On the opening page of amazon.com, I can purchase a Kindle, scarves, dresses, books and DVDs tailored to my tastes, coffee, a coffee maker and probably a Barista to work it. Some may argue that this online equivalent to an entire shopping mall exists for the sake of ease, but others aren't so enamored with Amazon's ubiquity. Proprietors of physical stores are becoming increasingly worried about the business lost to Amazon, and no community has been hit harder than that of Diagon Alley. What was once the epicenter of the magical community has been relegated to the status of cassette tapes and television commercials—things we'll one day tell our kids about that they won't fully believe existed. Our favorite magical marketplace has to get itself together in order to remain relevant, so here are our suggestions for those small business owners:
1. Make Diagon Alley way more accessible
Considering the convenience factor of Amazon, the website is a far cry from the hoops jumped through to enter Diagon Alley. First you have to get there--it's the only magical shopping center in the UK. Britain is small, but come on. Who wants to travel that far for the equivalent of a Staples run, even if by Flu Powder? Then once you do, you have to remember some convoluted brick wall code at the back of the Leaky Cauldron. That's a lot of work compared to the whole typing and clicking thing that Amazon has going for it. Small tip, proprietors: make websites. I bet there's a spell that would make it super easy.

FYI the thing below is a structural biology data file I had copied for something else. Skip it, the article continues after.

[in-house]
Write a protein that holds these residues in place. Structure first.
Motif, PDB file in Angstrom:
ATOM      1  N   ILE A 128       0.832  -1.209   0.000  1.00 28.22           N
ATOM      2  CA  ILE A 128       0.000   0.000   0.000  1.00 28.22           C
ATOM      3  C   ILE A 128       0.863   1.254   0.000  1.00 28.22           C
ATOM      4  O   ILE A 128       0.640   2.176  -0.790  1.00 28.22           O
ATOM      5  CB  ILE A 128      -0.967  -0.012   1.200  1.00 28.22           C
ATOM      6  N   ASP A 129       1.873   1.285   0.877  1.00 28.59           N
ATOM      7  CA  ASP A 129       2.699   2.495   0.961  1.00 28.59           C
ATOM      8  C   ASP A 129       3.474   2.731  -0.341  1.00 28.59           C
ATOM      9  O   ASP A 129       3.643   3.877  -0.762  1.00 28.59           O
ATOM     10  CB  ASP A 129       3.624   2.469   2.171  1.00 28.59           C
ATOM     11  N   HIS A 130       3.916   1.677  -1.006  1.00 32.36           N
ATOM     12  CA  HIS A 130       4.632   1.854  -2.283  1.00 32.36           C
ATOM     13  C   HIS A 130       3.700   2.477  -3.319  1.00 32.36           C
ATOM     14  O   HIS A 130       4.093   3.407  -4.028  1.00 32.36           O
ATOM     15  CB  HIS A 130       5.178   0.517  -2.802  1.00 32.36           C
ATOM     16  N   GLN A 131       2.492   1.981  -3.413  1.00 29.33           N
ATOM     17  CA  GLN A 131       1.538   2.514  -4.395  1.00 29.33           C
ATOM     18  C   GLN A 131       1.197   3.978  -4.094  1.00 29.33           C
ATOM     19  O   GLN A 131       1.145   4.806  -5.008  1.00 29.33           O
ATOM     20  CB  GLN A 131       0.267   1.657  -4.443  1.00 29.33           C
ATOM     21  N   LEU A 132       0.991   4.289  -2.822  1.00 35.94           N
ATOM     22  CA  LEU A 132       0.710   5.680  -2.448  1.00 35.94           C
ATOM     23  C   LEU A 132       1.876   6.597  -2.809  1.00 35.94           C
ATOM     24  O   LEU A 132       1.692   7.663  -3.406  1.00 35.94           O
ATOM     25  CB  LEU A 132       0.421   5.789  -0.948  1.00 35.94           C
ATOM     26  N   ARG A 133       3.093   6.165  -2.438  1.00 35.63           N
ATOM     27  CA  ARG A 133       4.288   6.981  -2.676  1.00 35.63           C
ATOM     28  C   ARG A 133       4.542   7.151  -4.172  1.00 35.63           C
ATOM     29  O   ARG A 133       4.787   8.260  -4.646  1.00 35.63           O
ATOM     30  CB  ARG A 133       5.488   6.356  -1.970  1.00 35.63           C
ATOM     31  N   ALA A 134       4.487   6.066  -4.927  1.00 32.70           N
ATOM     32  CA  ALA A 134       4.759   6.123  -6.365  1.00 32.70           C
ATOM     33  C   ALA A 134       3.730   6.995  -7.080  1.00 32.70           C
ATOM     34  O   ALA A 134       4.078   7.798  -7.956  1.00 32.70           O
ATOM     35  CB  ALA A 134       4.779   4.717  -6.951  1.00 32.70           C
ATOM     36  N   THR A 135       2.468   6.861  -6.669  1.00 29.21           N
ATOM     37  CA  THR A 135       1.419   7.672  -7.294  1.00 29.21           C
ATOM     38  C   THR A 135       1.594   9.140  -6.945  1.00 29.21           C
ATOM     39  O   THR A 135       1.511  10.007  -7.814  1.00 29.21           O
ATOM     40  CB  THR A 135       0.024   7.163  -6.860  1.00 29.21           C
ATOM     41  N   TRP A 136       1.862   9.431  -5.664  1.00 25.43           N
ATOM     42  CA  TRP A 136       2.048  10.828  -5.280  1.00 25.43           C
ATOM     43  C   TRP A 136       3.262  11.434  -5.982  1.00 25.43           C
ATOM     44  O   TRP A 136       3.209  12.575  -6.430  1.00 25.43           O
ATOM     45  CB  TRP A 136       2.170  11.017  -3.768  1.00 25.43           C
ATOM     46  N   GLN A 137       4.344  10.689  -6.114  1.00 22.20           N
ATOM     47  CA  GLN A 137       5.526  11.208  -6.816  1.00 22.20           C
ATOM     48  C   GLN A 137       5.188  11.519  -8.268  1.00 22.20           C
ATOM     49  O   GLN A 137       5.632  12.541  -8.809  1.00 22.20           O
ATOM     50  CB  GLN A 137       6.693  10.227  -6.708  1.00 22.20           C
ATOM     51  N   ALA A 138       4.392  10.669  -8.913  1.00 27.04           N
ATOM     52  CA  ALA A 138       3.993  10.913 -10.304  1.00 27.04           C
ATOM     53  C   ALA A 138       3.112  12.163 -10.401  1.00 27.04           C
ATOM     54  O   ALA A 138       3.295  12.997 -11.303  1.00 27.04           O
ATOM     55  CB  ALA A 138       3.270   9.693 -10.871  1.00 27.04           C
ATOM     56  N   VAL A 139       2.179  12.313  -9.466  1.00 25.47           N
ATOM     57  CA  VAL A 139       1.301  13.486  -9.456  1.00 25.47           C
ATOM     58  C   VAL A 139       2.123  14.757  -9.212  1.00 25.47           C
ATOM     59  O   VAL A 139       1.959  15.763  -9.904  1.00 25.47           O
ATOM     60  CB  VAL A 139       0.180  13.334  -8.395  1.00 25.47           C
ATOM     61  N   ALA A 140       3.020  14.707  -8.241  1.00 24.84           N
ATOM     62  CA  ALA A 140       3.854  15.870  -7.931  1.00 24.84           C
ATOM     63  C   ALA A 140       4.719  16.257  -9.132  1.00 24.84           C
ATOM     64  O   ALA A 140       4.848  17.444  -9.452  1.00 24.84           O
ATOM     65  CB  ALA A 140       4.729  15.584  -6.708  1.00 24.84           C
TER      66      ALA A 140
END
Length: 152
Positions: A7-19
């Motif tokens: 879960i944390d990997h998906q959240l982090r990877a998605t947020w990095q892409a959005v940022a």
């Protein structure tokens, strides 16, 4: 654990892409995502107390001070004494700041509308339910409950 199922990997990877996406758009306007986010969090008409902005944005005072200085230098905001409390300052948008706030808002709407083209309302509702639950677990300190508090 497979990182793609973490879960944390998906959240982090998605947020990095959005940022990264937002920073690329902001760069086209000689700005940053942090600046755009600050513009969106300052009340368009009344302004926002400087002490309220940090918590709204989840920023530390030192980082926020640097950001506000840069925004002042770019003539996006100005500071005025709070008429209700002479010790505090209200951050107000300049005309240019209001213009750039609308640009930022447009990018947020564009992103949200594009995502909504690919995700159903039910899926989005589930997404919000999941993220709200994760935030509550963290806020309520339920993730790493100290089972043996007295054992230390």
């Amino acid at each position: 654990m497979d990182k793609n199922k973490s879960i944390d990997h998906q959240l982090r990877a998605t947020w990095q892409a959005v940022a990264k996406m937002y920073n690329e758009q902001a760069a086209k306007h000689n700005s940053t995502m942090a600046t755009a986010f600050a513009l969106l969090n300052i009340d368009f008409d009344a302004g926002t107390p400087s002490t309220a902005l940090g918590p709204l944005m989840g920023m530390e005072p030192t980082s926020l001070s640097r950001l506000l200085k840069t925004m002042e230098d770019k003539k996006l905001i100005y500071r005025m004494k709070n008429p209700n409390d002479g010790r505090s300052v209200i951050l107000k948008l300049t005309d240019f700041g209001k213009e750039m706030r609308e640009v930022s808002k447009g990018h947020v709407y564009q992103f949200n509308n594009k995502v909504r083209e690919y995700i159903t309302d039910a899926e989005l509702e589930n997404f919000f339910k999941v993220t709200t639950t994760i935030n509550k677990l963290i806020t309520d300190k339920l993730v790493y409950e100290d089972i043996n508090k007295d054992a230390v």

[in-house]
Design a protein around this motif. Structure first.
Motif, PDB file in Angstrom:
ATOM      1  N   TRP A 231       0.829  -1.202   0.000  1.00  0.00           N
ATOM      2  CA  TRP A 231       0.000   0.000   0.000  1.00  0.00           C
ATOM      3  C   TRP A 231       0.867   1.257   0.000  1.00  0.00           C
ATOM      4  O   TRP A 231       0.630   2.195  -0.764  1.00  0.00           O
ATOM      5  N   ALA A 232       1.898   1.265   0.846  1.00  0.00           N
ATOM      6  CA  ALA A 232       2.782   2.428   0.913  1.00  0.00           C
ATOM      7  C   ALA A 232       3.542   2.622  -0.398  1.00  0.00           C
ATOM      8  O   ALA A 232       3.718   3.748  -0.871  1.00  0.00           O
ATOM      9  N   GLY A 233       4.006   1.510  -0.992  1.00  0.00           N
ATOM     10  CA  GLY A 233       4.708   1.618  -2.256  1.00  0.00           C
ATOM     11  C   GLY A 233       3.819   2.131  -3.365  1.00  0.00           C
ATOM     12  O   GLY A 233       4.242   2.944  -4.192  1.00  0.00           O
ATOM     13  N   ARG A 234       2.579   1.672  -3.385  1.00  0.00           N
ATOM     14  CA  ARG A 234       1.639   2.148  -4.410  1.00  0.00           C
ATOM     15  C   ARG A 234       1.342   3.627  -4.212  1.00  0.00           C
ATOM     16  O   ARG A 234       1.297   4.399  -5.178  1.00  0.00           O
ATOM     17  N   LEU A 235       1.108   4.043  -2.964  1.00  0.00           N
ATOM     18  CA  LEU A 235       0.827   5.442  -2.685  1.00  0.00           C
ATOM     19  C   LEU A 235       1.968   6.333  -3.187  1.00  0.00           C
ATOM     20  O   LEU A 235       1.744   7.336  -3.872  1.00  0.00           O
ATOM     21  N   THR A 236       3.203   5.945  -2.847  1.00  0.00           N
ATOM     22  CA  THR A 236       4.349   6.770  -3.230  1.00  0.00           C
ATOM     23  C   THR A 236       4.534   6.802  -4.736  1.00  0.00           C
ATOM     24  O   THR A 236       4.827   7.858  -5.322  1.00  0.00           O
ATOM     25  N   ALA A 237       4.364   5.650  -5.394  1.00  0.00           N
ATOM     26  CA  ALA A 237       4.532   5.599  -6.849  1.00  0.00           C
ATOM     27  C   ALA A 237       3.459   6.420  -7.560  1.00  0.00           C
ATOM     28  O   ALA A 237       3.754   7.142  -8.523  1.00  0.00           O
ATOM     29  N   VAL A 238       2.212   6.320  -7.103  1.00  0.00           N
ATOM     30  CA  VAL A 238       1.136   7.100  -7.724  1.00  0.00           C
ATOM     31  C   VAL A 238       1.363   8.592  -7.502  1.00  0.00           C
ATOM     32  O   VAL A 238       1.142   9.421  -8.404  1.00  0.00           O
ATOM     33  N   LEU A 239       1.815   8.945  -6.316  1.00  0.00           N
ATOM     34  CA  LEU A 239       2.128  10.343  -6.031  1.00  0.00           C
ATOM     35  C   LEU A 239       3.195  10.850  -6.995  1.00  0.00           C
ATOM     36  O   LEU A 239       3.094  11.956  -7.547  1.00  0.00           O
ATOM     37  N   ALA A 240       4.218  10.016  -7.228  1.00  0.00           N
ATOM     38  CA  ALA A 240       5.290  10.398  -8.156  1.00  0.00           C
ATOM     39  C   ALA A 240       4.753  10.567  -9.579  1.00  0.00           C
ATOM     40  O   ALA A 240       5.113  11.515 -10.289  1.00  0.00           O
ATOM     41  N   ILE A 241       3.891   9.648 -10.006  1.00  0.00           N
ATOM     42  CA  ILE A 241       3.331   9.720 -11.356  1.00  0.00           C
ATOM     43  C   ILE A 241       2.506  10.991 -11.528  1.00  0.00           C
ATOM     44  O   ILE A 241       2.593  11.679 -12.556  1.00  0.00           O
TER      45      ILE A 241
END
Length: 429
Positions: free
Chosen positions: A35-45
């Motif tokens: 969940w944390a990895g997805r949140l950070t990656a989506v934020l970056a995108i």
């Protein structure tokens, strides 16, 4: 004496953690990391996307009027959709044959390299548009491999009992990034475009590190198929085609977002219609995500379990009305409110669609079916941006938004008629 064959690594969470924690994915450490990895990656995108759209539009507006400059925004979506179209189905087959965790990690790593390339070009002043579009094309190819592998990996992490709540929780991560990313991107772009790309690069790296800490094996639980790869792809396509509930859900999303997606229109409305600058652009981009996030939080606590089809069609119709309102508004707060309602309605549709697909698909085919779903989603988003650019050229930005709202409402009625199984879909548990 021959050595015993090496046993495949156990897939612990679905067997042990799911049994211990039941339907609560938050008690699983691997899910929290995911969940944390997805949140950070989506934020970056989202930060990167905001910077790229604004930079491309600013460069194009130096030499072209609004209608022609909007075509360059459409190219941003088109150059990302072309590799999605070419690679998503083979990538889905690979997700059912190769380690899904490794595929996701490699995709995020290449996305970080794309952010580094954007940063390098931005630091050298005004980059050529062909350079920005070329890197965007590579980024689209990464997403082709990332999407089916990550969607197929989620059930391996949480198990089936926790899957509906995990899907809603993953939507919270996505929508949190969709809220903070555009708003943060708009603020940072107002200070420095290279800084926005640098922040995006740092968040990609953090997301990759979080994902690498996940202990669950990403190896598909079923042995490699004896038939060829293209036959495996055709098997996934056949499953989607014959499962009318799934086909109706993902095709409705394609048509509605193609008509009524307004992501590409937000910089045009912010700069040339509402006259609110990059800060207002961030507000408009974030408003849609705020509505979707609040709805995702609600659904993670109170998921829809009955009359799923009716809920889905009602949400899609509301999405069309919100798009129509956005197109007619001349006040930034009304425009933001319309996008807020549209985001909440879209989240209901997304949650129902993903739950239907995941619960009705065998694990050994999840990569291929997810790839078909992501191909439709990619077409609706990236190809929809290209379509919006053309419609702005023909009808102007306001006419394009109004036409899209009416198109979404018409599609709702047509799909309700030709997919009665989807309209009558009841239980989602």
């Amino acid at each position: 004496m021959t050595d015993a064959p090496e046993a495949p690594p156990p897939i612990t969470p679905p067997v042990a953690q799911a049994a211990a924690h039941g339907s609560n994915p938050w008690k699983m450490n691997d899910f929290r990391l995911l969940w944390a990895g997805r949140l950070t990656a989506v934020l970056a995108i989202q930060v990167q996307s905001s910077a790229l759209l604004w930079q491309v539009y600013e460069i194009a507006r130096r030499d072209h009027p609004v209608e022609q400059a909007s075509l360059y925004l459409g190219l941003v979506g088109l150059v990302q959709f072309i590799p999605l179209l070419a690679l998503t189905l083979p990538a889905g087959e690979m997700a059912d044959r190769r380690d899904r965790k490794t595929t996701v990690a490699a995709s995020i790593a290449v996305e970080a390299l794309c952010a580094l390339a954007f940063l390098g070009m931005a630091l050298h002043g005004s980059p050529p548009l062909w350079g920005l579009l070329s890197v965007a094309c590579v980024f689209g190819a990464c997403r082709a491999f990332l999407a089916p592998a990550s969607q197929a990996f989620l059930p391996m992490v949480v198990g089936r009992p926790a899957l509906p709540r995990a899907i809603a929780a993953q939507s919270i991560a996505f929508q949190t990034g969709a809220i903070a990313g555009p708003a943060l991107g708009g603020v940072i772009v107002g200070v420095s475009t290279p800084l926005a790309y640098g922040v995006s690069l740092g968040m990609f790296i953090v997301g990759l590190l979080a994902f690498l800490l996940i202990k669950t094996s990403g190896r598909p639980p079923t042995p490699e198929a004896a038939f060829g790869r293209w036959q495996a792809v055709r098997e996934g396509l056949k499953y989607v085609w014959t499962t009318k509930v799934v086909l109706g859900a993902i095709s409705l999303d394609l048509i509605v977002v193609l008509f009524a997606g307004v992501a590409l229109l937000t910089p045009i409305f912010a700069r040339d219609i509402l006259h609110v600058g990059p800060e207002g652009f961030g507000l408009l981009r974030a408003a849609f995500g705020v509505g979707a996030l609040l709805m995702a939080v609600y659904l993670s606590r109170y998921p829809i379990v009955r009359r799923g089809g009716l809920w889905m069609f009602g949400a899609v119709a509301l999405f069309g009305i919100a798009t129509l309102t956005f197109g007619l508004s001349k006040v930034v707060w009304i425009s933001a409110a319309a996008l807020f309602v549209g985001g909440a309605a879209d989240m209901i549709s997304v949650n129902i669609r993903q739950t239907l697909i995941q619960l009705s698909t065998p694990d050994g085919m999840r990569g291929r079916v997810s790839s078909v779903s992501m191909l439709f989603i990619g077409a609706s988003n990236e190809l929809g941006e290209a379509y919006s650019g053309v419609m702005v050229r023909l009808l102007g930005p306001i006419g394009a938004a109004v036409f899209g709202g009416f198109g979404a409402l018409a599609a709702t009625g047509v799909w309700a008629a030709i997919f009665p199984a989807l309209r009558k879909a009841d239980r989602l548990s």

2. Be kinder to those with less money to spend
The used section of Amazon lacks the taboo that 2nd Hand Brooms, The Second Hand Robe Shop and The Junk Shop once did. With the advent of the internet, poor kids don't have to endure the shame of going into the second-hand shops. Maybe being teased about your shoddy books and robes by the likes of little shits like Malfoy built character, but why subject your kid to the humiliation of shopping at a place that actually calls itself "The Junk Shop?" Take a page from used car dealerships, guys. Call them certified, pre-owned books, and maybe darken your windows a bit so you can shop there discretely. That's classy as shit.
3. Get rid of Knockturn Alley
Has the Ministry for Magic been collectively bribed to keep this place running? It's right by Diagon Alley and has been bringing the area way down for years now. Basically a government-sanctioned black market, Knockturn is dark and creepy and nothing happy or legal ever happens there. Burn it to the ground and salt the earth. Or put up a McDonalds there—even that is less evil than Borgin and Burke's.